By Pete Schroeder
WASHINGTON (Reuters) -The Federal Deposit Insurance Corp should have been more aggressive in policing First Republic Bank’s risk management prior to its May failure, but it was unclear if that would have saved it given the speed with which depositors yanked their money, the agency said.
FDIC said in a report published Friday that a loss of market and depositor confidence ultimately sank the California-based lender, which was the second-largest bank to collapse in U.S. history.
It also laid blame at the feet of bank executives and its board, which it said ignored warning signs that interest rate risk was getting out of hand.
However, the FDIC added that its supervisors were too “generous” in gauging some of First Republic’s risks, notably around interest rates and uninsured deposits. Over a period when the bank doubled in size, the regulator found the time its supervisors actually spent at the lender declined, raising questions about how the agency allocated its staff.
“In retrospect, it does not appear that banks or banking regulators had sufficient appreciation for the risks that large concentrations of uninsured deposits could present in a social media-fueled liquidity event,” the regulator wrote.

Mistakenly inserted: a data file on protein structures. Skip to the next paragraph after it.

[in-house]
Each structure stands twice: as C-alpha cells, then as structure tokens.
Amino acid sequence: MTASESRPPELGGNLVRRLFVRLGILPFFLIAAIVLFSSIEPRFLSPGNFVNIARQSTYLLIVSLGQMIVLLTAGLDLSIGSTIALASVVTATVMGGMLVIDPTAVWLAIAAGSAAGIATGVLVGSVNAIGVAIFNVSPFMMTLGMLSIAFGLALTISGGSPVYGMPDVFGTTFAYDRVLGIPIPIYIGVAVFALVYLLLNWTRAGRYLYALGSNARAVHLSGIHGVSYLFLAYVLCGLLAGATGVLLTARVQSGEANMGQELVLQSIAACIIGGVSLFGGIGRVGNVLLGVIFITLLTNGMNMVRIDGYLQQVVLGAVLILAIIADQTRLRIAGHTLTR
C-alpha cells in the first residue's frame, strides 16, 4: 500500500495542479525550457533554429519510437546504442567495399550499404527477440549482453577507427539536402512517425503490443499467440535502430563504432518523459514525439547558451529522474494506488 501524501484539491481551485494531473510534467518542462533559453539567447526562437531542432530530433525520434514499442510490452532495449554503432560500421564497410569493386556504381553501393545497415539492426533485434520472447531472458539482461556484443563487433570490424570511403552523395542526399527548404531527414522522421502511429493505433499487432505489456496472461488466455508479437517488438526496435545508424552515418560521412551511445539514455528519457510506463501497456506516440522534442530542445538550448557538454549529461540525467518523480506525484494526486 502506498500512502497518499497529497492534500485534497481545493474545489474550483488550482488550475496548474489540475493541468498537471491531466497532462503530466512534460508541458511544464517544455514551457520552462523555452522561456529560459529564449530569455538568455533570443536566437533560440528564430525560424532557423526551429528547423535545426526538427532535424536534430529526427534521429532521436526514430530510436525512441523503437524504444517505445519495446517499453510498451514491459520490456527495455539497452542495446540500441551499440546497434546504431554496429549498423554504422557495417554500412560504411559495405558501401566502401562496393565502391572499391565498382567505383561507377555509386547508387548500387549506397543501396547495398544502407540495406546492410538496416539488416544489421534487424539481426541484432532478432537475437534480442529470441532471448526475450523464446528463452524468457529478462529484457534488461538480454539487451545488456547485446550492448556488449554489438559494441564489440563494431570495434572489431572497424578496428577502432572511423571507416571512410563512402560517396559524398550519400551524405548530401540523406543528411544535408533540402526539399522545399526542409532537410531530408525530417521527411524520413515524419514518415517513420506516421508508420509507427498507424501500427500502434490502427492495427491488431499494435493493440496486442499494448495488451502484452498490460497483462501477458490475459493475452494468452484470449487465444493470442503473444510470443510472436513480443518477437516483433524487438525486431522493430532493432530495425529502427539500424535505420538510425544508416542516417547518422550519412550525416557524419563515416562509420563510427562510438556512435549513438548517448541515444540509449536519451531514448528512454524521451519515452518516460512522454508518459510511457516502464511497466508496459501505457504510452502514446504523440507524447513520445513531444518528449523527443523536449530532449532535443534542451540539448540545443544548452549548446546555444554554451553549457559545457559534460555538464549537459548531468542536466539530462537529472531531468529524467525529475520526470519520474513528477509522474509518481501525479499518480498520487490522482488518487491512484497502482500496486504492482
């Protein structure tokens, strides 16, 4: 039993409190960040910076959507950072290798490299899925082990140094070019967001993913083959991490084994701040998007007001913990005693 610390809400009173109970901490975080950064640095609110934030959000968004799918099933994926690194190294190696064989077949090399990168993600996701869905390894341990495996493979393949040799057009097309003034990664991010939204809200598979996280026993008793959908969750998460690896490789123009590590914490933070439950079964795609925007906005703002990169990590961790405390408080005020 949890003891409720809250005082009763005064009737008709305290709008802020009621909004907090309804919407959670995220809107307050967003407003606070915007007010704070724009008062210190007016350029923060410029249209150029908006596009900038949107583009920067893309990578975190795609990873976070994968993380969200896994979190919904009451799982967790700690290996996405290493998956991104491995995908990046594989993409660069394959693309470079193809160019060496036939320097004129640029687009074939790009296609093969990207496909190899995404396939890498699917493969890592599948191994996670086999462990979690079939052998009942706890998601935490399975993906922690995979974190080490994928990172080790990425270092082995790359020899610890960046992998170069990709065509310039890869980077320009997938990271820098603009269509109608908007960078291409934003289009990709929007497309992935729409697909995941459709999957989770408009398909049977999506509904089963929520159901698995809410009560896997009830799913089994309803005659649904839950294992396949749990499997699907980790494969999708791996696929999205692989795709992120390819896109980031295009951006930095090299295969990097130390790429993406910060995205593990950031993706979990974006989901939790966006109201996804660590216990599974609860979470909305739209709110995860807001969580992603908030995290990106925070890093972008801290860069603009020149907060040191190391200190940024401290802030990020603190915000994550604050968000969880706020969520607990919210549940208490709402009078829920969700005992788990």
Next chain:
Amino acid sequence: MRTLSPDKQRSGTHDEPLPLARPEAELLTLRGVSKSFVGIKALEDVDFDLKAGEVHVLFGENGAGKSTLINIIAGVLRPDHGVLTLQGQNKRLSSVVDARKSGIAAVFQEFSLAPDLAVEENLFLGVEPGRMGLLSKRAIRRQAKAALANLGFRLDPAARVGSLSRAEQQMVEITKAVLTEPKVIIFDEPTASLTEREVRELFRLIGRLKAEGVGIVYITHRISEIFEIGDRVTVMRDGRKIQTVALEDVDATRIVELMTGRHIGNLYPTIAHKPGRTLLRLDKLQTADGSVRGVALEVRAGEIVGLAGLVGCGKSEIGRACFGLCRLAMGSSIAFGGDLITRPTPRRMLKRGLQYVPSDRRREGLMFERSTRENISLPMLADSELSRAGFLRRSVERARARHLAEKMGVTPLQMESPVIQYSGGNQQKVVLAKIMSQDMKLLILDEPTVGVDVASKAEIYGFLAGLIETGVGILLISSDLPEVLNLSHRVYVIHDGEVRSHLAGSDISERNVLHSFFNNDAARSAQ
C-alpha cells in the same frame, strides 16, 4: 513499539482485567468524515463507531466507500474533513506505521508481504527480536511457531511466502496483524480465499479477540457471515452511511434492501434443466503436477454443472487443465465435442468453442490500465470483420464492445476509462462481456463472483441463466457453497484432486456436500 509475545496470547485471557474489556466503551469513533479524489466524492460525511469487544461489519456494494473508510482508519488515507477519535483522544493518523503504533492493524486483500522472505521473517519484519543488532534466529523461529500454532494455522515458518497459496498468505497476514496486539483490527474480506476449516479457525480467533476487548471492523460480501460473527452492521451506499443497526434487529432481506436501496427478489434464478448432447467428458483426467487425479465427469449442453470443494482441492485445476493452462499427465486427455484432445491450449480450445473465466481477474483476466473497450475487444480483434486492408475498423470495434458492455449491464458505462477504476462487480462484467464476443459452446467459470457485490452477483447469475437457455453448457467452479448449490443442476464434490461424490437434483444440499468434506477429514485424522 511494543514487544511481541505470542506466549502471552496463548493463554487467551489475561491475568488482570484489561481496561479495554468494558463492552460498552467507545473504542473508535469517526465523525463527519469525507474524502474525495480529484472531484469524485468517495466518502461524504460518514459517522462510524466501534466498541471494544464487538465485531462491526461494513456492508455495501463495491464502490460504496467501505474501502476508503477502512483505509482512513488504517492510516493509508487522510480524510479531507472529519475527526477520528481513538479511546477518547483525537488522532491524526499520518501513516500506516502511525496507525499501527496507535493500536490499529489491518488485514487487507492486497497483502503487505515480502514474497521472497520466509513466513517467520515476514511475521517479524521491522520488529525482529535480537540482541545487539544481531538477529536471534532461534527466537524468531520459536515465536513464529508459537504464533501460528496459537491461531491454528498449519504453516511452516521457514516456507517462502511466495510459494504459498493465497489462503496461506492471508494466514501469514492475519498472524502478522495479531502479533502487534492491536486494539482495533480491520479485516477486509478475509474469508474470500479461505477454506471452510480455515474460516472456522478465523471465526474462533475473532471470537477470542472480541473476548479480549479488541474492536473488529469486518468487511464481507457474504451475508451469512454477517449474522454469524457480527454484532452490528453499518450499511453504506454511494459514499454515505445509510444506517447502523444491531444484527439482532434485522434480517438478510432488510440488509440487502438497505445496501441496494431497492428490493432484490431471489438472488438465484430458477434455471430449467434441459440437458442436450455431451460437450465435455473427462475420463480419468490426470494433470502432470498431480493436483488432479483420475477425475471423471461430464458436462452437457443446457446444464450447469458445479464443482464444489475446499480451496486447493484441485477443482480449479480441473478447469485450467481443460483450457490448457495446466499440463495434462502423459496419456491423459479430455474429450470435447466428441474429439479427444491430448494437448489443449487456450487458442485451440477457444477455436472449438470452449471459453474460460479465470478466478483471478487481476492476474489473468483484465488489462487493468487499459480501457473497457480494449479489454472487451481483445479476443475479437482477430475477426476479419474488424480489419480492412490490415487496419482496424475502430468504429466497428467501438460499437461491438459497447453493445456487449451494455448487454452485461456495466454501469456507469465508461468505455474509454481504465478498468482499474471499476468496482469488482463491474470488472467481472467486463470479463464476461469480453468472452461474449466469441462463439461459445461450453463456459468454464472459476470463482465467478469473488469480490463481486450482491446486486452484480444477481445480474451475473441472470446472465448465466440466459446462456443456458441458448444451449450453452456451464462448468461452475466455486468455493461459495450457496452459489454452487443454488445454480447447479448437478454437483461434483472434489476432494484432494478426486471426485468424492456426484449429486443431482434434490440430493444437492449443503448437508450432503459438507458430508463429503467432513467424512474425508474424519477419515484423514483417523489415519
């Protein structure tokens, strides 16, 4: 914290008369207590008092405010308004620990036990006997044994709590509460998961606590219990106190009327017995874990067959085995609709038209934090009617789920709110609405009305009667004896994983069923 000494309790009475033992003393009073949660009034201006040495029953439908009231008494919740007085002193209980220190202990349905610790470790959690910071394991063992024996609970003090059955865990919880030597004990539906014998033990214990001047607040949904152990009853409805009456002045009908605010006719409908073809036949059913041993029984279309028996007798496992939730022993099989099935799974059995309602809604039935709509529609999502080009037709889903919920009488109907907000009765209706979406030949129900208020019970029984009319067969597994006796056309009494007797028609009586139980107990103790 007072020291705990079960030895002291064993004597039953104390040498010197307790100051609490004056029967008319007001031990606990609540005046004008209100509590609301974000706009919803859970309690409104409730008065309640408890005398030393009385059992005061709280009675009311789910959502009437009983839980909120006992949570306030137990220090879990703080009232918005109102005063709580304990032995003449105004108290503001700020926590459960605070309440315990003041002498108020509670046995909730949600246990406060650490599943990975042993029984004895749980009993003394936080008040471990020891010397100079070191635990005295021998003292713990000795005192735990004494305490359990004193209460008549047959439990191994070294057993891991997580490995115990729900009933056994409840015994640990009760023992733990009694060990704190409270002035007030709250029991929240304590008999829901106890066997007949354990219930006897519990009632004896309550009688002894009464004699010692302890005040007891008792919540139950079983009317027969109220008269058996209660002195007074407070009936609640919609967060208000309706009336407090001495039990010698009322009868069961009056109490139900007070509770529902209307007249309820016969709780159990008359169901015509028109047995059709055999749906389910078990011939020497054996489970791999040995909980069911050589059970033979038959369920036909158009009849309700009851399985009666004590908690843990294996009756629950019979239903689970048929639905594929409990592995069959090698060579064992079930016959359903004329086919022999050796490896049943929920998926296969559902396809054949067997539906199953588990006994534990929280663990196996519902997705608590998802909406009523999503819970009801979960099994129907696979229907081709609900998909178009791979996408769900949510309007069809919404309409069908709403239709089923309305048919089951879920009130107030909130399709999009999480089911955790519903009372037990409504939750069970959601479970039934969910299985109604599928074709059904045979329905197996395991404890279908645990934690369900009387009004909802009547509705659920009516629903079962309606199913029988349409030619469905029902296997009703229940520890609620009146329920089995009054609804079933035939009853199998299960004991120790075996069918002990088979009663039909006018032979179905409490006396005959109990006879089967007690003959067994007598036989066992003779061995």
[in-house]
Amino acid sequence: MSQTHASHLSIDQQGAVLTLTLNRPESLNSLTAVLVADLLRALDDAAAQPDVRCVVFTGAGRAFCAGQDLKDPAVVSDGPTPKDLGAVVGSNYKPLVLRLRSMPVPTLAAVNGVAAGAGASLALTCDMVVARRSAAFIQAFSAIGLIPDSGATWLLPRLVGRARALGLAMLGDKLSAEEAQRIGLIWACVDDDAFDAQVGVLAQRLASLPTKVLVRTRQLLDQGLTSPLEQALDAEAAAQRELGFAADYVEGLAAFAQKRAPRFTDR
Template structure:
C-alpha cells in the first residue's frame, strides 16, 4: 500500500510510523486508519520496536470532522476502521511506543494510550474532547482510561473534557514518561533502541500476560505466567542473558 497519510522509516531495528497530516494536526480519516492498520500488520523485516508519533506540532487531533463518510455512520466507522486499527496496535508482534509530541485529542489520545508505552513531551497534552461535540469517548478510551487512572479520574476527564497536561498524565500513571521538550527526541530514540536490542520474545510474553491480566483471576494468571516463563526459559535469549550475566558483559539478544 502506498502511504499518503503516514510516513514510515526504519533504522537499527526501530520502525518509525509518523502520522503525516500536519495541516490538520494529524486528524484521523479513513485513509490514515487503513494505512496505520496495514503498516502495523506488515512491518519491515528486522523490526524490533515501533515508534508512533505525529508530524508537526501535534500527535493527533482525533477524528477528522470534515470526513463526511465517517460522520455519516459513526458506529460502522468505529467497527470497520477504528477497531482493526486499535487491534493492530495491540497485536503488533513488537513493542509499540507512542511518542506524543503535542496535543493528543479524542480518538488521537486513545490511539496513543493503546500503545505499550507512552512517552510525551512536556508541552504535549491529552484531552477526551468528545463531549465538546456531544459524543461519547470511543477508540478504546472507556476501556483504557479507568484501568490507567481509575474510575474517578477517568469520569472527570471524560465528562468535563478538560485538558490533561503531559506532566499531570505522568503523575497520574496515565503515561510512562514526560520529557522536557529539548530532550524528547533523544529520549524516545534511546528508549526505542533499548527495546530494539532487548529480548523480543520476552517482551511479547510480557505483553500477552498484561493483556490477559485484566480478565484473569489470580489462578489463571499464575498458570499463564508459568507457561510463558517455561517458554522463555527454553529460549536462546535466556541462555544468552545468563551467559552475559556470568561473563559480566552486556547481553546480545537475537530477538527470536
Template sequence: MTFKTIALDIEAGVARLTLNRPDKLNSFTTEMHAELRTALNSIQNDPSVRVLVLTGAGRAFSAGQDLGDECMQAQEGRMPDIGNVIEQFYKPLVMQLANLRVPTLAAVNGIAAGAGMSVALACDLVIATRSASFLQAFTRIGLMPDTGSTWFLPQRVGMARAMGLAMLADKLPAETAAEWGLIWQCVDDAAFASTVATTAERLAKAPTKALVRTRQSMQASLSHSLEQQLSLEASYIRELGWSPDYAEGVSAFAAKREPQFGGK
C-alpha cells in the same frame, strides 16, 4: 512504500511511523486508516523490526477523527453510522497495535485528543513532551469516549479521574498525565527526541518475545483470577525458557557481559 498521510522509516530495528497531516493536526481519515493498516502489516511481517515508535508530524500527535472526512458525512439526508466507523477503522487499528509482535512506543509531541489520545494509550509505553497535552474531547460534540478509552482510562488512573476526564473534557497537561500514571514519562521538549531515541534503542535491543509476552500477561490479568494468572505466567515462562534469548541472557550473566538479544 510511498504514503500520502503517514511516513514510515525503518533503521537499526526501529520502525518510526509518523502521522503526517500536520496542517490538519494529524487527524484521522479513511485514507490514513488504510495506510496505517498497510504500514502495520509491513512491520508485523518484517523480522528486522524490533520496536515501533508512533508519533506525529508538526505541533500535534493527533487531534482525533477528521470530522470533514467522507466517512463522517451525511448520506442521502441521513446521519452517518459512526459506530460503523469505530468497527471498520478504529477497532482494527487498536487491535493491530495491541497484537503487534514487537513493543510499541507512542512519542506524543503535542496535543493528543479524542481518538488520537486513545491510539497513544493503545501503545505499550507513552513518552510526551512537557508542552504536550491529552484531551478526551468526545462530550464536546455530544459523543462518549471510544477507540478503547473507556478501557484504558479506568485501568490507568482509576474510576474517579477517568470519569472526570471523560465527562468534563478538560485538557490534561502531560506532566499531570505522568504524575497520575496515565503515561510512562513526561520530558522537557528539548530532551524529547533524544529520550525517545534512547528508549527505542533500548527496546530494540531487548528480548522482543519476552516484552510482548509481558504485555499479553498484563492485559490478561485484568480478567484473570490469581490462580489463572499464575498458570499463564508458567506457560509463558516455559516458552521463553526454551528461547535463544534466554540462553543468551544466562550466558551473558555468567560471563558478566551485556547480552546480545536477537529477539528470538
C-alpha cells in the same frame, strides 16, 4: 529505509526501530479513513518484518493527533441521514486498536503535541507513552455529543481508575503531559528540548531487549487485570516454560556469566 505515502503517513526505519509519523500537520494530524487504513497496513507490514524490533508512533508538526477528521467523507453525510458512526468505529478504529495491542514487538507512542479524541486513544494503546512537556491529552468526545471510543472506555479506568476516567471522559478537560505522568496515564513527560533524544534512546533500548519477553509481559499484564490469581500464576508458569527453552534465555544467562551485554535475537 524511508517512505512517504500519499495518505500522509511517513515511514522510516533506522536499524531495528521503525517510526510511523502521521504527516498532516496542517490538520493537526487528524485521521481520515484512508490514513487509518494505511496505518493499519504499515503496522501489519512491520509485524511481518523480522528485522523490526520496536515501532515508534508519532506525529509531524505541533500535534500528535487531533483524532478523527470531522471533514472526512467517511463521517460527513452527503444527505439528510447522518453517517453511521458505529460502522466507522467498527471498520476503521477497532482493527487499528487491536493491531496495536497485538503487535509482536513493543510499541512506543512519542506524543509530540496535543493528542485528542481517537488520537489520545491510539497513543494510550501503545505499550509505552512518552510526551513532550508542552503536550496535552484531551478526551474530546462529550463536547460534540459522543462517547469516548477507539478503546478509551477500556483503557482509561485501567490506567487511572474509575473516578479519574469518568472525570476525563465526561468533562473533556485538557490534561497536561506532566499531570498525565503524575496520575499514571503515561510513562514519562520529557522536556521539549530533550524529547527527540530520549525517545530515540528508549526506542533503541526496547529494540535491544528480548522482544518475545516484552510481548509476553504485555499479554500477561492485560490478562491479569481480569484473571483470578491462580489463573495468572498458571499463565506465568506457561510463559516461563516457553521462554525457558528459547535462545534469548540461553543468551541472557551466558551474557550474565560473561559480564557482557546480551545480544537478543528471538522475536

First Republic was the third bank to collapse in a matter of weeks, after a tumultuous period for the sector that began with the abrupt failure of Silicon Valley Bank in March. First Republic was subsequently seized by the FDIC and most of its assets sold to JPMorgan Chase.
Friday’s report echoed similar findings by regulators on the failures of SVB and New York-based Signature Bank and is likely to increase pressure on regulators to crack down on the industry.
The Federal Reserve said its supervisors did not escalate concerns quickly enough and did not provide enough resources.
Similarly, the FDIC found in its April post-mortem of the Signature failure that the agency lacked resources to properly supervise the bank as management pursued an overly aggressive growth strategy.
U.S. regulators have sought to tighten rules for larger banks, issuing several sweeping proposals aimed at bolstering lenders’ ability to withstand economic shocks and continue lending.
But the banking industry and Republicans in Congress have called such efforts misguided, arguing tougher supervision of existing rules is needed, not new requirements – an argument some advocates of tighter regulation rebutted on Friday.
“Both regulation and supervision must be strengthened,” said CEO Dennis Kelleher of Better Markets, a group favoring tougher regulation, in response to the report.
(Reporting by Pete Schroeder; additional reporting by Douglas Gillison; Editing by Emelia Sithole-Matarise, Michelle Price and Cynthia Osterman)